Tongue stimulation study shows promise in helping MS

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Tongue stimulation study shows promise in helping MS

Postby MSUK » Fri Jul 01, 2011 1:37 am

Image

Kurt Shafer is walking stronger and more confidently than he has in years, and he credits an experimental electronic device he uses five times a day.

"The fact that I have improved is really the hope that people need to go on living," said Shafer.

Diagnosed with multiple sclerosis six years ago, Shafer recently enrolled in a clinical study at the University of Wisconsin, Madison.

MS is an autoimmune disorder which damages the nervous system and interrupts signals between the brain and the muscles.......

Read More - http://www.msrc.co.uk/index.cfm/fuseact ... ageid/1430
MS-UK - http://www.ms-uk.org/
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Postby Wonderfulworld » Fri Jul 01, 2011 4:54 am

Well I have seen some odd things in MS research....but this is really odd! But if it helps, why not.
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Re: Tongue stimulation study shows promise in helping MS

Postby NHE » Fri Jul 01, 2011 5:21 am

Wonderfulworld wrote:Well I have seen some odd things in MS research....but this is really odd! But if it helps, why not.


It's not so odd actually. You may want to read the book "The Brain that Changes Itself" by Dr. Norman Doidge.

Here are some prior posts...

Neuroplasticity
post35000.html#p35000

Learning to see with your tongue
post33946.html#p33946

Re: Brainport: The electric tongue stimulator for balance
post149350.html#p149350


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Postby Wonderfulworld » Fri Jul 01, 2011 7:21 am

NHE those threads are fascinating, I read them right through. Going to order that book too. I don't know how I missed them first time around, perhaps it was because my son was about a year old at the time.

I find it really compelling, the brain plasticity concept, because I suppose my driving force is a constant desire to learn new things. I have constantly learnt and pushed my learning since diagnosis - even before that, in truth I've always been driven. I have many symptoms but some have lessened or resolved even years later. I have constantly attempted to exercise deficits and weaknesses. Having had to give up fulltime work I've taken up learning a language and returning more intensively to gym/pilates/yoga/walking.
Perhaps my bloody-mindedness has served me very well.
~~~~~~~~~~~~~~~
Concussus Resurgo
~~~~~~~~~~~~~~~
RR-MS dx 1998 and Coeliac dx 2003
~~~~~~~~~~~~~~~
Copaxone, Cymbalta. EPO, Fish Oils, Vitamin D3 2000 IU daily, Cal/Mag/Zinc, Multivitamin/mineral, Co-Enzyme Q10, Probiotics, Milk Thistle.
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Re: Tongue stimulation study shows promise in helping MS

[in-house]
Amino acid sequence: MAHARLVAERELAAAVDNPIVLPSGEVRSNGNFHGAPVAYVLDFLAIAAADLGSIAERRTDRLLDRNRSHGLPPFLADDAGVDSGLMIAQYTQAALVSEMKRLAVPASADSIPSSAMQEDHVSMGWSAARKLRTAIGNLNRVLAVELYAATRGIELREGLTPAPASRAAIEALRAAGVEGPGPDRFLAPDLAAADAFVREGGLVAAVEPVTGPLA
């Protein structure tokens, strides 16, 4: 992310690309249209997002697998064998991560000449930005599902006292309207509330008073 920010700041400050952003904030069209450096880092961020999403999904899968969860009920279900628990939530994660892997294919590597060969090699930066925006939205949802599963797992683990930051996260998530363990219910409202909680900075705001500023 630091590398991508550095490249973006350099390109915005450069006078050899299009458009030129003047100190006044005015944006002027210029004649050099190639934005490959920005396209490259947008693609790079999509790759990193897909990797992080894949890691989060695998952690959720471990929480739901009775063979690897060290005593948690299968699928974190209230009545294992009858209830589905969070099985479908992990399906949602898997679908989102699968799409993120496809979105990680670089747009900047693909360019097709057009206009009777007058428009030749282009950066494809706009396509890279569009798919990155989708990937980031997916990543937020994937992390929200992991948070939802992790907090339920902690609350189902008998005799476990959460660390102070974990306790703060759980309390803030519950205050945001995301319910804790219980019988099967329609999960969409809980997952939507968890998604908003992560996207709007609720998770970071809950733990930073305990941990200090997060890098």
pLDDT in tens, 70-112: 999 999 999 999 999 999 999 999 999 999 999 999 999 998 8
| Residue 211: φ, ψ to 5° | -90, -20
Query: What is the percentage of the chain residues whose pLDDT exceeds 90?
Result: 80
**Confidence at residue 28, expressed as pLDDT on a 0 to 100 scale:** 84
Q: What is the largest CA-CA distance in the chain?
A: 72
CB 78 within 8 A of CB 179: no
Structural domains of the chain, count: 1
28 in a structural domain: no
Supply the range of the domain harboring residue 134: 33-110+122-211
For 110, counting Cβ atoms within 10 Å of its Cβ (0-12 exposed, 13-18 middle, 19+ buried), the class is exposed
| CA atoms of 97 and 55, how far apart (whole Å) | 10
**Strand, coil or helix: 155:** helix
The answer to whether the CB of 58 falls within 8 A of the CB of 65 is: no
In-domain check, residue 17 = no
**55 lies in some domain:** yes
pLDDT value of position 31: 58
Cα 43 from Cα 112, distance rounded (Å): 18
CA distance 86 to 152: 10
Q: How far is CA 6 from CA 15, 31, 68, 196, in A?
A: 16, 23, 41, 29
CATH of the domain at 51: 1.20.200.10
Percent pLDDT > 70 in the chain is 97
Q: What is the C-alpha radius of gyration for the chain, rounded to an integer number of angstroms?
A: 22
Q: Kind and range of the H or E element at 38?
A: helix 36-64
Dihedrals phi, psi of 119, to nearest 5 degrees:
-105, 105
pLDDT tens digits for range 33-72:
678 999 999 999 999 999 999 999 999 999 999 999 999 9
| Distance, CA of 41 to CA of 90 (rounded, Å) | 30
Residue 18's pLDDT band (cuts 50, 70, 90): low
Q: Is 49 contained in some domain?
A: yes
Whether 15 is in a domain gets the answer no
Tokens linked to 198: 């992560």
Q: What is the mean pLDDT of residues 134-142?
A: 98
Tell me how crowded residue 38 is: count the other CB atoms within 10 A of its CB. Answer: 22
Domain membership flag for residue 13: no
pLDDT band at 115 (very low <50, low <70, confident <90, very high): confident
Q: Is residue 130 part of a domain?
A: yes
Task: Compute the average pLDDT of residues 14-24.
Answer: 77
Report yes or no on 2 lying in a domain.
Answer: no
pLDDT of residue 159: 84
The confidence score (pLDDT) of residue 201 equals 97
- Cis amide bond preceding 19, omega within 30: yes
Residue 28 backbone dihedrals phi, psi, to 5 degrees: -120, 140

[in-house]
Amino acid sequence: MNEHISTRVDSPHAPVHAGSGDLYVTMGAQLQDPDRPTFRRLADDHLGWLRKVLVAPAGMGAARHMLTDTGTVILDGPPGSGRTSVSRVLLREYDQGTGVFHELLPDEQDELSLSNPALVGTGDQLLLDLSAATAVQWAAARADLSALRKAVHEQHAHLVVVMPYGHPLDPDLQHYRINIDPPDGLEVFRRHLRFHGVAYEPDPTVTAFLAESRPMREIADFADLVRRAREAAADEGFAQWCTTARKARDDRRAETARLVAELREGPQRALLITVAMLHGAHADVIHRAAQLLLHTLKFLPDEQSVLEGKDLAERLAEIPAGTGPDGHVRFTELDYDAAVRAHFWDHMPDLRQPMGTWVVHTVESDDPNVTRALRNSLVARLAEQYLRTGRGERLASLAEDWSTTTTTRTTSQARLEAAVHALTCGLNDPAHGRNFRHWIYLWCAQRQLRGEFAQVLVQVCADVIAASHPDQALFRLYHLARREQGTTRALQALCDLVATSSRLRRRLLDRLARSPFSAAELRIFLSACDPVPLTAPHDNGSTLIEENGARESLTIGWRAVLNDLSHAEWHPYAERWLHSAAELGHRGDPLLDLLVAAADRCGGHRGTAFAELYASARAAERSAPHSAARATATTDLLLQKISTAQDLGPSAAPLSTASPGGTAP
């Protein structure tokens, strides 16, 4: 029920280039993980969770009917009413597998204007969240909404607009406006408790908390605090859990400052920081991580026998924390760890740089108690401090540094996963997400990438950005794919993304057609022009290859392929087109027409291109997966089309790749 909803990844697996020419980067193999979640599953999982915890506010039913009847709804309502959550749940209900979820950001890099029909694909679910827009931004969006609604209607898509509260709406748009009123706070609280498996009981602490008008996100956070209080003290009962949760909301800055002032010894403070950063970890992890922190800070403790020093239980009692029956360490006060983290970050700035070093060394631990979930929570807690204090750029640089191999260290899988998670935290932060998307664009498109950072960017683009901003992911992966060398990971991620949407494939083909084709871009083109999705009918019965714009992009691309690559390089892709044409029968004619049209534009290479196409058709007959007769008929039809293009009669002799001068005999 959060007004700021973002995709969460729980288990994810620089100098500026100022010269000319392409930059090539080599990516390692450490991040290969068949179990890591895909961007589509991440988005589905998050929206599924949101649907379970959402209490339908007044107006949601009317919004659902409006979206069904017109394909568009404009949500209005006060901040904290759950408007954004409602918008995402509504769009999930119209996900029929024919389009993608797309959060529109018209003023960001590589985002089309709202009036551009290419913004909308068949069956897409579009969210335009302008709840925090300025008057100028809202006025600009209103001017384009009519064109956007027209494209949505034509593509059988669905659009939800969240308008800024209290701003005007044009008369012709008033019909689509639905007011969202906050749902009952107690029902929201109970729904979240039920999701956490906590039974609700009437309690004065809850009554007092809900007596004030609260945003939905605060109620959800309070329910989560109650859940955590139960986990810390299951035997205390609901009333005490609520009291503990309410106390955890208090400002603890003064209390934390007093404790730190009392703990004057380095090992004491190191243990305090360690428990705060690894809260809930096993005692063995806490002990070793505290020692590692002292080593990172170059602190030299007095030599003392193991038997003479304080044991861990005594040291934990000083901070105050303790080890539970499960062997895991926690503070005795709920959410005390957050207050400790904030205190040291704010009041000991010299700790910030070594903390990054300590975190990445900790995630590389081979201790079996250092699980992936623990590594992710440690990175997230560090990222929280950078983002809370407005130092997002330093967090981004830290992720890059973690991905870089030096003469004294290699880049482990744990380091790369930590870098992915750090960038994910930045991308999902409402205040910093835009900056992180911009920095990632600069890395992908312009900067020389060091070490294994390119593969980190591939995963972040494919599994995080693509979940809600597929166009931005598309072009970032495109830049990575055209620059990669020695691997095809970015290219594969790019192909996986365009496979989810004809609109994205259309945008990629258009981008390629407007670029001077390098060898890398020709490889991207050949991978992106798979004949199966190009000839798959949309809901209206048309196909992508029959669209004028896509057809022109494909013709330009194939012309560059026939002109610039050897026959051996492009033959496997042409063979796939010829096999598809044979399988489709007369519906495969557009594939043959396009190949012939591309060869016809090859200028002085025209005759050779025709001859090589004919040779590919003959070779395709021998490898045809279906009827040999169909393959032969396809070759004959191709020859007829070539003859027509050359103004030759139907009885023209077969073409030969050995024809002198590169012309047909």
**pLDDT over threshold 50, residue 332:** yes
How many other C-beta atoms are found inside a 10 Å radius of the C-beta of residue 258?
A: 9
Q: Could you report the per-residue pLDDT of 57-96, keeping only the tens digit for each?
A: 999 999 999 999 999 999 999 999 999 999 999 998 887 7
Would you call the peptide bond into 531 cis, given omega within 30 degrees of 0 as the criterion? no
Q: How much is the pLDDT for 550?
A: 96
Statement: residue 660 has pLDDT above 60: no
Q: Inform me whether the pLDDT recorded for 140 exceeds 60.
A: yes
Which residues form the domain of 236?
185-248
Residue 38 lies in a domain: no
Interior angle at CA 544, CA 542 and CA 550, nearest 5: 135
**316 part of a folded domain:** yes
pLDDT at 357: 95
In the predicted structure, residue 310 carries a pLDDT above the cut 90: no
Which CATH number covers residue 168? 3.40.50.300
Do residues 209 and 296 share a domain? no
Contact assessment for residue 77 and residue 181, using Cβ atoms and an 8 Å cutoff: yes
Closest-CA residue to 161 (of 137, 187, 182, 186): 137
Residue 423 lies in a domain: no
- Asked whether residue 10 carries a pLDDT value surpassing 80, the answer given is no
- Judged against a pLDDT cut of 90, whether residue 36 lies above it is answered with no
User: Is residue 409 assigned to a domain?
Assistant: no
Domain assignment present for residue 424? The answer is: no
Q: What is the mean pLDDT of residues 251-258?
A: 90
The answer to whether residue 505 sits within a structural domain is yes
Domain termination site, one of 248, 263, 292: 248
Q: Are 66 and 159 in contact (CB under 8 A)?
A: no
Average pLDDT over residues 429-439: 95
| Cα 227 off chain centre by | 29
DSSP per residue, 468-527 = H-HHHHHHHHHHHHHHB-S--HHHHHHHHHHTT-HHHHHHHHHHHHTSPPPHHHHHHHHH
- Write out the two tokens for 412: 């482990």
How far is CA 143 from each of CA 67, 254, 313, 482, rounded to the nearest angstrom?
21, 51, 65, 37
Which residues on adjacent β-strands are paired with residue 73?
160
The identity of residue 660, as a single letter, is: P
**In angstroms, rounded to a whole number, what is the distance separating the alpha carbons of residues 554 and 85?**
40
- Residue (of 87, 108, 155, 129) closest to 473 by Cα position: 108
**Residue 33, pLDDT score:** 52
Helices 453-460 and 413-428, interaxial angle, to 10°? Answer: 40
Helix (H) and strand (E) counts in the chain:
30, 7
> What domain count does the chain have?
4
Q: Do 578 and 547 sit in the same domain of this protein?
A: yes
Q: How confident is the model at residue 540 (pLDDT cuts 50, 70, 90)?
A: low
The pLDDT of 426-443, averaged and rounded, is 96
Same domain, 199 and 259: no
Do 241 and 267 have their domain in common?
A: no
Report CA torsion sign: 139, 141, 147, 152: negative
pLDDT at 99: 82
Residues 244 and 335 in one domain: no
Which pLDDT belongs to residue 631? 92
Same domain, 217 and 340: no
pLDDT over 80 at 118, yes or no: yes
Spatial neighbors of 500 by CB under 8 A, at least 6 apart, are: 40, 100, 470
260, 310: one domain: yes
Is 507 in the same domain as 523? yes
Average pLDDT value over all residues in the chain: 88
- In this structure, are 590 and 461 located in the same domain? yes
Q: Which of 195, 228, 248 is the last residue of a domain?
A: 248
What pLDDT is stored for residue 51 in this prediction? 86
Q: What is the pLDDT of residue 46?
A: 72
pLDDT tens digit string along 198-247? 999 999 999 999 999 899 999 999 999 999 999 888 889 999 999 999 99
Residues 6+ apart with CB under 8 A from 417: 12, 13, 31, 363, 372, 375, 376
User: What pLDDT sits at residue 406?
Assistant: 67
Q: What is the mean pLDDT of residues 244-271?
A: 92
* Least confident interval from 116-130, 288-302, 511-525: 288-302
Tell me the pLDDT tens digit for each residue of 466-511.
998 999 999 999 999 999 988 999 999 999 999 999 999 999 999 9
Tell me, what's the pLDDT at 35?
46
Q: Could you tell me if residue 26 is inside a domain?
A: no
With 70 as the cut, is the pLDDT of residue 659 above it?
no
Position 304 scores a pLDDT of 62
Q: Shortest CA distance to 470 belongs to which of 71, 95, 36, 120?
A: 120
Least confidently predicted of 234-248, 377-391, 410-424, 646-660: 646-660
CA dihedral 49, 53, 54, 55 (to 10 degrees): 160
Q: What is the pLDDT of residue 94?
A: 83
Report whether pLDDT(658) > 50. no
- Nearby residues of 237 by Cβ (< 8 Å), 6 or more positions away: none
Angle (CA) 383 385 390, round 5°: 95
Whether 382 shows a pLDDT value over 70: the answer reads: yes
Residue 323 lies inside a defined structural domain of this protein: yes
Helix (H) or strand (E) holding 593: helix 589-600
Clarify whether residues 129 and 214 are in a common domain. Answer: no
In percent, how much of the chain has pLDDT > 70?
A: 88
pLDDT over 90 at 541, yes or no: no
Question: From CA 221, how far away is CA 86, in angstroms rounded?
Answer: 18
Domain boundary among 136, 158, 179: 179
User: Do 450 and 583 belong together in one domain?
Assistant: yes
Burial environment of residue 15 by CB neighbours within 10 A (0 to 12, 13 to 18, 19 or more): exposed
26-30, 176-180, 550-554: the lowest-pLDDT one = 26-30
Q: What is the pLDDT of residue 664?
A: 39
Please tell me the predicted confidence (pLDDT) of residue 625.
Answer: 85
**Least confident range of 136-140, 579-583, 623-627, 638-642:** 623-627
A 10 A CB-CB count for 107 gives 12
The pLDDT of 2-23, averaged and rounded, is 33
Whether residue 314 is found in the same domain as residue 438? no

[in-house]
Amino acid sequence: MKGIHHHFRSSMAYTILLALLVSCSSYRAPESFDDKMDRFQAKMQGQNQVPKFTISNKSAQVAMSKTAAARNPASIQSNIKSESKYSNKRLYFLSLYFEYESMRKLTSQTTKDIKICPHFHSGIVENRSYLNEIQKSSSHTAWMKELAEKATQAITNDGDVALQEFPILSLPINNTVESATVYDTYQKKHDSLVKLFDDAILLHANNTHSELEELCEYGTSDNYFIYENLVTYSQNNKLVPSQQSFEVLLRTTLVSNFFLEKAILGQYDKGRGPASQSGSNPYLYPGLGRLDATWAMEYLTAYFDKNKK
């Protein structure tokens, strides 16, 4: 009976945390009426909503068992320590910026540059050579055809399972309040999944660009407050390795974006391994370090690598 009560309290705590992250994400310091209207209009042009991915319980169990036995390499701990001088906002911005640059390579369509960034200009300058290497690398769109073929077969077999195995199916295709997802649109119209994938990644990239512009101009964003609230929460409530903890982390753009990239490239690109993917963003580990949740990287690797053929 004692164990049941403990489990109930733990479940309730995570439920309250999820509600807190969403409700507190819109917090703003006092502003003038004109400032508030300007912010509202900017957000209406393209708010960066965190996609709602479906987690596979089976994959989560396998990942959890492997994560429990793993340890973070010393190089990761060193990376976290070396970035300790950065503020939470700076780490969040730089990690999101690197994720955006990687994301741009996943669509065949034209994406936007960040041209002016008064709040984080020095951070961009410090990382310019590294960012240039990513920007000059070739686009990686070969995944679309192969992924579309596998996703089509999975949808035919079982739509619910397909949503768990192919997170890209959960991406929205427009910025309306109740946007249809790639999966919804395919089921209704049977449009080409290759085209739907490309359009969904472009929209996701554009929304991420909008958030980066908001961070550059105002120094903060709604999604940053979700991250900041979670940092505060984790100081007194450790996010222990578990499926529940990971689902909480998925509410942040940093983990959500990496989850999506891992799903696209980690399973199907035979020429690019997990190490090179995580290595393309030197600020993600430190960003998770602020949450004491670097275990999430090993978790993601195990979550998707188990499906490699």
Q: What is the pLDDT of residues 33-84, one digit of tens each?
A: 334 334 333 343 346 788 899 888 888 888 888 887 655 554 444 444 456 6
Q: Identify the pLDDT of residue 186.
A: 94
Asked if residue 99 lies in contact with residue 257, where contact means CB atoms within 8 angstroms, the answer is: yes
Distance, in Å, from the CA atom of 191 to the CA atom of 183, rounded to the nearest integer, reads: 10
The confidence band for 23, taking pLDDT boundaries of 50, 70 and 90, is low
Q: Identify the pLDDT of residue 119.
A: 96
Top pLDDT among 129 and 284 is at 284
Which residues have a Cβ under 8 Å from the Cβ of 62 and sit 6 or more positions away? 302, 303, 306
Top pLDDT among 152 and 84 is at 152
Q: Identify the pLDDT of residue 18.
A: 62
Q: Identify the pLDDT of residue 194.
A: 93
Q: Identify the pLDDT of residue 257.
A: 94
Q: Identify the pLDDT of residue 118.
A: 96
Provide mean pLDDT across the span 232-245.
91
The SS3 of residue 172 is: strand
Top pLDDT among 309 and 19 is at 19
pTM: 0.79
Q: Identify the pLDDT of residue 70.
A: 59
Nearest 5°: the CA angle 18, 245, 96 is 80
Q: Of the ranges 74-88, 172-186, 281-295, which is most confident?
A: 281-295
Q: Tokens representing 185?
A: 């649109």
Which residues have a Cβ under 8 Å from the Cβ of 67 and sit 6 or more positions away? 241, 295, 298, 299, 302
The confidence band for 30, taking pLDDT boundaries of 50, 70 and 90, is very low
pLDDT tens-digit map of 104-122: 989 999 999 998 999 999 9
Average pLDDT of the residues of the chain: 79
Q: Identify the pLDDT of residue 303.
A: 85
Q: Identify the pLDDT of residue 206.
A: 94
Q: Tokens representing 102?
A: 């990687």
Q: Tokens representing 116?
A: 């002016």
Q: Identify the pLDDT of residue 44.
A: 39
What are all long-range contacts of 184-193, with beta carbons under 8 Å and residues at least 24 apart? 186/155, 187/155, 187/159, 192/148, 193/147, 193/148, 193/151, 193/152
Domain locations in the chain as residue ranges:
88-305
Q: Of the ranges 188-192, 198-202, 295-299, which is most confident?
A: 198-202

Postby CureOrBust » Fri Jul 01, 2011 8:41 pm

NHE wrote:It's not so odd actually. You may want to read the book "The Brain that Changes Itself" by Dr. Norman Doidge.
With the little information that is supplied with how it helps MS. I still think its odd, in that the "seeing with the tongue" makes sense in that they are "training" the brain to use a different receptor to interpret vision. However, this MS one appears to be simply some kind of random stimulation of the tongue? (with the little information supplied)

On a side, if they want to raise some money, put it up on eBay... :)
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Montel Williams

Postby Selmahope » Mon Jul 11, 2011 10:44 am

Would love to see an update on how Montel is progressing with this technology. Has anyone seen any updates on him or this technology?
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Re: Tongue stimulation study shows promise in helping MS

Postby CureOrBust » Sat Oct 22, 2011 5:37 am

I have had this study on my mind for a while, and another post was on the same page on MSRC, so doing some searching, I came across this article:
http://www.jsonline.com/features/health/54545577.html
Open wide, and walk
Tongue stimulation gets brain to improve functions
e-mail print By Harvey Black, Special to the Journal Sentinel
Aug. 24, 2009 |(0) Comments

One possible treatment for people with neurological problems ranging from brain trauma to multiple sclerosis may lie on the tip of the tongue.

In experiments at the University of Wisconsin-Madison, neuroscientist Yuri Danilov and his colleagues have been studying for the past several years how electrical stimulation of the tongue can bring about dramatic improvements in people whose ability to balance, walk and stand has been damaged in ways that leave them virtually helpless without a walker or crutches.

Two major nerves - trigeminal nerve and cranial nerve - lie in the tip of the tongue. They wend their way to the back of the skull into the brain stem, which essentially performs a lot of unglamorous but essential housekeeping work, such as keeping us breathing, conscious, and our digestive system operating.

These nerves go to two important structures in the brain stem, the trigeminal nuclei complex and the solitary tract nucleus, Danilov explained.

"Stimulating these two major structures, we can reach any part of the brain," he said.

To reach the brain, a patient puts a small electronic device on the tongue, sending tens of millions of electrical impulses to the brain stem.

The sensation is like innumerable tiny droplets of water from a powerful showerhead. The technique is called cranial nerve non-invasive neuromodulation.

An hourlong session consists of 20 minutes of stimulation on the patient's tongue with the device, plus a number of exercises, including walking on a treadmill.

'Life-changing' treatment